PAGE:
McClintock High School’s symphonic band has earned a national reputation for excellence over the past 18 years. The Tempe group has performed in Florida, Colorado, California and Washington, D.C. During spring break the group will travel to Hawaii.
Of the 52 festivals the band has participated in under the direction of Mike Willson, the group has received 50 "superior" ratings. The band also has done exchange programs with bands from Australia and will host a group from Sydney in March.
DOBSON HIGH SCHOOL WE THE PEOPLE
Students at Mesa’s Dobson High School know the U.S. Constitution.
The school has won the state We the People championship and advanced to the national competition in Washington, D.C., eight of the last nine years. Dobson students also won the national title in 2002 and finished in the nation’s top 10 the last two years.
We the People coach Joyce Godfrey — who helped build the program along with former coach Abby Dupke — said the team has earned Dobson a reputation for being in the know about U.S. history, political science, constitutional law and current events.
With Godfrey retiring, students on Dobson’s 2005 state championship team are eager to bring home a second national title as a gift to their departing coach. They will get the chance April 30 to May 3.
FOUNTAIN HILLS HIGH SCHOOL DANCE
Fountain Hills High School’s performance dance company is a "pretty big deal around here," principal Patrick Sweeney said. Besides performing at high school events, the troupe performs all over Fountain Hills. And this spring, the dancers have a trip planned to New York. Performers are selected through an extensive audition process, and only the best are chosen, Sweeney said.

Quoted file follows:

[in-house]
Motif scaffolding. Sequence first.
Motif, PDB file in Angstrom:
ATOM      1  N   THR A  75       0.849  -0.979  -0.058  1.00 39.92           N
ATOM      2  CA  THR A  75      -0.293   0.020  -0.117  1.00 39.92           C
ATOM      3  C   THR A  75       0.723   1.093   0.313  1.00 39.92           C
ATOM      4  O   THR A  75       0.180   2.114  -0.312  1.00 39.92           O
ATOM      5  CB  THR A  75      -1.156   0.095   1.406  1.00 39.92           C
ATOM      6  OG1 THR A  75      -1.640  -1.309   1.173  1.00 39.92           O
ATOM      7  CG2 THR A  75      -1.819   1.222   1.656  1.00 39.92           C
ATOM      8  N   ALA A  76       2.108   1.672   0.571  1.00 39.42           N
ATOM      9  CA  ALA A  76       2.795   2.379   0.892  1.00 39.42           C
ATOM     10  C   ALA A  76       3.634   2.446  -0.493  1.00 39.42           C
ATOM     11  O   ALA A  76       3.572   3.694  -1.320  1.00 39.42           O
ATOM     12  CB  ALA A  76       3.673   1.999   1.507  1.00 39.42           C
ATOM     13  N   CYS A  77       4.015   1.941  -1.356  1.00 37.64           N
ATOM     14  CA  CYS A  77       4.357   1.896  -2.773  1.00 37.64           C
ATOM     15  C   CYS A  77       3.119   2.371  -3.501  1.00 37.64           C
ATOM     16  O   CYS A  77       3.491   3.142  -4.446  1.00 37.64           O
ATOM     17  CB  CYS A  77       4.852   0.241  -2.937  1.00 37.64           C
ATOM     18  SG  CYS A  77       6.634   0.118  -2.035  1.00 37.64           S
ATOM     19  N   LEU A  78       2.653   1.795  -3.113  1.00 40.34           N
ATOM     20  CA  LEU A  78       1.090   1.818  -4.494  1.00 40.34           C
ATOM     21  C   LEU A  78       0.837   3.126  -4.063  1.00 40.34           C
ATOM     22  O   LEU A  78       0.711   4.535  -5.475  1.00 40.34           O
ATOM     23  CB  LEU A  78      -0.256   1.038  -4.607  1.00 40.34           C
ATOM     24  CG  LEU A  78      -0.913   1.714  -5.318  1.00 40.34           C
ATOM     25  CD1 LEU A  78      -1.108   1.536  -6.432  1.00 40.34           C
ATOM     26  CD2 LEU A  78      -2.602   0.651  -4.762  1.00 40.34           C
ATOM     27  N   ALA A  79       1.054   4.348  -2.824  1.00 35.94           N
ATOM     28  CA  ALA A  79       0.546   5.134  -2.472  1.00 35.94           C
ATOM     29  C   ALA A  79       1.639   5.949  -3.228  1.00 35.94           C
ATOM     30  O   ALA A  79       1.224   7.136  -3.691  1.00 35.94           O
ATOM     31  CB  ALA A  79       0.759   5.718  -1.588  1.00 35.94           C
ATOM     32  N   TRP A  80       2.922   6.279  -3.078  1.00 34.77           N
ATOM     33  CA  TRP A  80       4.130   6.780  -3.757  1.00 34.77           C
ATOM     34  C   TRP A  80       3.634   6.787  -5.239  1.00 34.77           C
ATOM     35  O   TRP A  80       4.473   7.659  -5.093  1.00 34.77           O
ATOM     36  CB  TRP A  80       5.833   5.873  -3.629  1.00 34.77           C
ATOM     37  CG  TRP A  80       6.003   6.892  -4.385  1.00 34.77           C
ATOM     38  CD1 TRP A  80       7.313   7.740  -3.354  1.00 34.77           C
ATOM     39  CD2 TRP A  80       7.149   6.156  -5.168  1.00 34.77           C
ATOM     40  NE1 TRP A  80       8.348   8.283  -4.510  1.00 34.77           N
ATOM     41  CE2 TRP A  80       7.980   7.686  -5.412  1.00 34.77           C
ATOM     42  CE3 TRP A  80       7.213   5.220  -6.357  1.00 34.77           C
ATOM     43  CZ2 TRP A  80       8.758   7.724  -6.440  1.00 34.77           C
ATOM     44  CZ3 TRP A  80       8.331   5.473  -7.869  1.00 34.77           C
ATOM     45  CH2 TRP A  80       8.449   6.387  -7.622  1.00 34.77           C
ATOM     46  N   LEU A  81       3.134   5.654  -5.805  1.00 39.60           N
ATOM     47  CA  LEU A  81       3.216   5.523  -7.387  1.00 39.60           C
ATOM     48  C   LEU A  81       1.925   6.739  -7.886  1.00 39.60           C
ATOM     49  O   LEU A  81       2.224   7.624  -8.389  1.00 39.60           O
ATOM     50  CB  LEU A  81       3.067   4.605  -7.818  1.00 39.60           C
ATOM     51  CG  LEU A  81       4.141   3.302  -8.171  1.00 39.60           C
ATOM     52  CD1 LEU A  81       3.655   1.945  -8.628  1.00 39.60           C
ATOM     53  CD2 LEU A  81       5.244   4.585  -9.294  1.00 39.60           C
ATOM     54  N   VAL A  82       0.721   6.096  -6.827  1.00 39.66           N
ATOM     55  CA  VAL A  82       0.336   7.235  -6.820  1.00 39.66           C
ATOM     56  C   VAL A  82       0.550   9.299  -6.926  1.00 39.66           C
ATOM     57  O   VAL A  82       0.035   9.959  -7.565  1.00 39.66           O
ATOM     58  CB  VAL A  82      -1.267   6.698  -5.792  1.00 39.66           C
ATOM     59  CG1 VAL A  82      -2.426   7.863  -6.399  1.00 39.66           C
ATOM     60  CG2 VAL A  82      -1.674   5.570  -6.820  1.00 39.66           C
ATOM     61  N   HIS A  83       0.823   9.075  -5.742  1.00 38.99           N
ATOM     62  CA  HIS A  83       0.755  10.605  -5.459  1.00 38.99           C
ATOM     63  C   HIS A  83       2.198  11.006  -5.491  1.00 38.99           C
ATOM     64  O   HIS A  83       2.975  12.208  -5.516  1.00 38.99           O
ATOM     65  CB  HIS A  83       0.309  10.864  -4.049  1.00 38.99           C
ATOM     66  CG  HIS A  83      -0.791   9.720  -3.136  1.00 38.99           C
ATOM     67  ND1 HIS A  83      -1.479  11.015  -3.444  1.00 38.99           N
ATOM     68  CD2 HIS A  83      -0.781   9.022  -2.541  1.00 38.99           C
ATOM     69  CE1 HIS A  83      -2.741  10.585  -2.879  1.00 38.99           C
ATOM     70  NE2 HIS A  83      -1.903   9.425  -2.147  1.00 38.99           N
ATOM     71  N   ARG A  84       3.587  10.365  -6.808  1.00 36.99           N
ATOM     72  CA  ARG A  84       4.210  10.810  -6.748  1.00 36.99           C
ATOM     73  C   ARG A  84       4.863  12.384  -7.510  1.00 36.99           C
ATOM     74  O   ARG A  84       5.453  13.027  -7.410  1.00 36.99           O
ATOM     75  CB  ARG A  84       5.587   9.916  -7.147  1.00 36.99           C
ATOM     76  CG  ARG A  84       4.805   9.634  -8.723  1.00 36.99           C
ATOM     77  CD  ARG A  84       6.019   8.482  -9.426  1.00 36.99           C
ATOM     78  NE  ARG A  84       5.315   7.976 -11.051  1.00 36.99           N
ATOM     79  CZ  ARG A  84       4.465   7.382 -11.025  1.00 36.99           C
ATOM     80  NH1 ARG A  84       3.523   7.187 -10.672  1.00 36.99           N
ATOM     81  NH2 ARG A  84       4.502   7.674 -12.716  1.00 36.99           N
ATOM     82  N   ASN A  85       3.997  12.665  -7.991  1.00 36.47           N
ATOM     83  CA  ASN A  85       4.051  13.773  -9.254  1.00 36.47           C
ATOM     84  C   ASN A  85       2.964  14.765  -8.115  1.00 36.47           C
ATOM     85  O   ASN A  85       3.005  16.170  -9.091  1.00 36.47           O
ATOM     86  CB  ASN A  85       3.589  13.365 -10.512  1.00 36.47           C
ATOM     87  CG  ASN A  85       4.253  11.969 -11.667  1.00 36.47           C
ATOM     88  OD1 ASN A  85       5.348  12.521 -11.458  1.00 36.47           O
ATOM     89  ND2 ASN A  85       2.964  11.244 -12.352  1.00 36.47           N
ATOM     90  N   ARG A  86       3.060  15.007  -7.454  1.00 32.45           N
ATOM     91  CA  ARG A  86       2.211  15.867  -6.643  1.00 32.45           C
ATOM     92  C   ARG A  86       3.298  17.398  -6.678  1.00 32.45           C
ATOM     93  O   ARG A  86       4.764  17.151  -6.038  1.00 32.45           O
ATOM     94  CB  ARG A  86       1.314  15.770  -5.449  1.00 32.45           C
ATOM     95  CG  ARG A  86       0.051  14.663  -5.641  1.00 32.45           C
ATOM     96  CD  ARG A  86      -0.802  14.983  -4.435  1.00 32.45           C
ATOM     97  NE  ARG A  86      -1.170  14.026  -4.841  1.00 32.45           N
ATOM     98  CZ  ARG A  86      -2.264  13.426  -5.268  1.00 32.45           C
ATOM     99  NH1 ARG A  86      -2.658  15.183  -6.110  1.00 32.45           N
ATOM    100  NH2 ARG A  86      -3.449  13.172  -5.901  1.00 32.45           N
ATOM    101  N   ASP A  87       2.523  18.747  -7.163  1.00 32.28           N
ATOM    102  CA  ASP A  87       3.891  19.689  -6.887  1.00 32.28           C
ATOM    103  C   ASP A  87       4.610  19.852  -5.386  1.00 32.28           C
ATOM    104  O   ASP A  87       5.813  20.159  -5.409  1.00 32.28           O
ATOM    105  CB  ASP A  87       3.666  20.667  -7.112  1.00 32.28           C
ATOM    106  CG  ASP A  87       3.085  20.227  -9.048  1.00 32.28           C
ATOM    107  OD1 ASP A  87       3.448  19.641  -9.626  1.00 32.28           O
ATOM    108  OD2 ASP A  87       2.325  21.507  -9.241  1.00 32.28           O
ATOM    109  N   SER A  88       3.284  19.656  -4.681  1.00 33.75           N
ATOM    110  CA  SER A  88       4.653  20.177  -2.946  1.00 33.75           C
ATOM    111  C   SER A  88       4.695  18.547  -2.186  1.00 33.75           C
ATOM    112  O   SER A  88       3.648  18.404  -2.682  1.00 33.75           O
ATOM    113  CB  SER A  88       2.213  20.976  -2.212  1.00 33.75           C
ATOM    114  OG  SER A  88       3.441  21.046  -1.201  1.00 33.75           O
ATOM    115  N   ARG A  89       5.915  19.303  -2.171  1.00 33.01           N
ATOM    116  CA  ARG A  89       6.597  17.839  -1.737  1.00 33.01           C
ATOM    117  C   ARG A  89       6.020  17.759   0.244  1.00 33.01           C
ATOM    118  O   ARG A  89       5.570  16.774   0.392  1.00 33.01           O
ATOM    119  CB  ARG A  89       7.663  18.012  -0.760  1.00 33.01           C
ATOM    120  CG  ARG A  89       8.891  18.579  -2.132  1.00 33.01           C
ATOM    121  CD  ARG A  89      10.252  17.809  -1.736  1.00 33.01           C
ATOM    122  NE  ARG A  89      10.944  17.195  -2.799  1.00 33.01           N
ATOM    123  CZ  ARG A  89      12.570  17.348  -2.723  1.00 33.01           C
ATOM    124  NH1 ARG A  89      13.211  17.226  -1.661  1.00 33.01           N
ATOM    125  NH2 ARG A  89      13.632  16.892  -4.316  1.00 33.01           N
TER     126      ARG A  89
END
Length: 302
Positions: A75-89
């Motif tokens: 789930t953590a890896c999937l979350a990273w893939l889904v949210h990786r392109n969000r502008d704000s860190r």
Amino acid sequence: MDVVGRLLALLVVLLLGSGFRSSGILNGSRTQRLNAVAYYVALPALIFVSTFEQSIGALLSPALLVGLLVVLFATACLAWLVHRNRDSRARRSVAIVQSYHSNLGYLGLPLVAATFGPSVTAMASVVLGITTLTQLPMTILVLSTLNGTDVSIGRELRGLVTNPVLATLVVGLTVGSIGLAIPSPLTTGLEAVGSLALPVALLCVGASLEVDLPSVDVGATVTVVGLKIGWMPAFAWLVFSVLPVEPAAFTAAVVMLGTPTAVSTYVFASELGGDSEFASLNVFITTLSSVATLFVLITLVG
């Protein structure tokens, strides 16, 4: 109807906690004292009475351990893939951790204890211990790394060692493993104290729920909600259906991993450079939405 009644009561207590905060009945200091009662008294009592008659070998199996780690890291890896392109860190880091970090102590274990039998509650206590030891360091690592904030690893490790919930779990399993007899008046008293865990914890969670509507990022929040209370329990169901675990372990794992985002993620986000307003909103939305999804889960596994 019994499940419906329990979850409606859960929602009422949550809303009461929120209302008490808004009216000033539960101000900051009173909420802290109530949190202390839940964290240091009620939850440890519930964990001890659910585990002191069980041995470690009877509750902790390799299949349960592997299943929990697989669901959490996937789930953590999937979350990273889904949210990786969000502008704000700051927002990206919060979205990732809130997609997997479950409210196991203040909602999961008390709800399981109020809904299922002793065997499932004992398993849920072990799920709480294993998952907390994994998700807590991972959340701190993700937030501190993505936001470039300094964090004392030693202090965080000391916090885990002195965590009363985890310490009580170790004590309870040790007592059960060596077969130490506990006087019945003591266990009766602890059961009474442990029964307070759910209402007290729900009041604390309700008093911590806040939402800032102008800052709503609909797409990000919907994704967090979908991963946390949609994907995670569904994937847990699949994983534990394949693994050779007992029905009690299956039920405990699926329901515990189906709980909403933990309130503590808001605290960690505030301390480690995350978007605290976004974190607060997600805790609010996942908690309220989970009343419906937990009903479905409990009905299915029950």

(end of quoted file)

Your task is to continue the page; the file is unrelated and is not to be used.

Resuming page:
"It’s pretty prestigious to belong," he said.
CORONA DEL SOL AND DOBSON HIGH SCHOOLS YEARBOOK
Yearbook adviser Margie DiCesare started at Tempe’s Corona del Sol High School in 1985 — the same year Micki Remos took over the yearbook program at Mesa’s Dobson High School.
Since then, yearbook students at both schools have consistently raked in top national awards, including Gold and Silver Crowns from the Columbia Scholastic Press Association and Pacemaker awards from the National Scholastic Press Association. Books from both schools have been ranked in the top 15 in the nation.
Corona del Sol yearbook editor Terra Vibber, an 18-year-old senior, said her classmates have grown used to the excellence and are no longer easily impressed.
"It might be a Gold Crown book and they will still complain about it," she said.
HIGHLAND HIGH SCHOOL MARCHING BAND
Gilbert’s Highland High School marching band has snatched up just about every accolade bestowed on high school marching bands. But the group’s biggest honor came this Thanksgiving, when Highland was one of just 10 high school bands to perform in the 78th annual Macy’s Thanksgiving Day Parade.
Band members put in long hours of practice to earn "superior" distinctions in Arizona, California and Nevada, but students said all the hard work is worth it.
"It’s fun because we’re good," senior Rebecca Rogers said.
DOBSON HIGH SCHOOL SPEECH AND DEBATE
Speech and debate teams at Mesa’s Dobson High School have won 17 state titles and produced more than 60 individual state champions since 1987.
The school has also qualified a state-record 122 entries to the National Forensic League National Tournament since 1986, has had nine national quarterfinalists, six national semifinalists, seven national finalists and three national champions.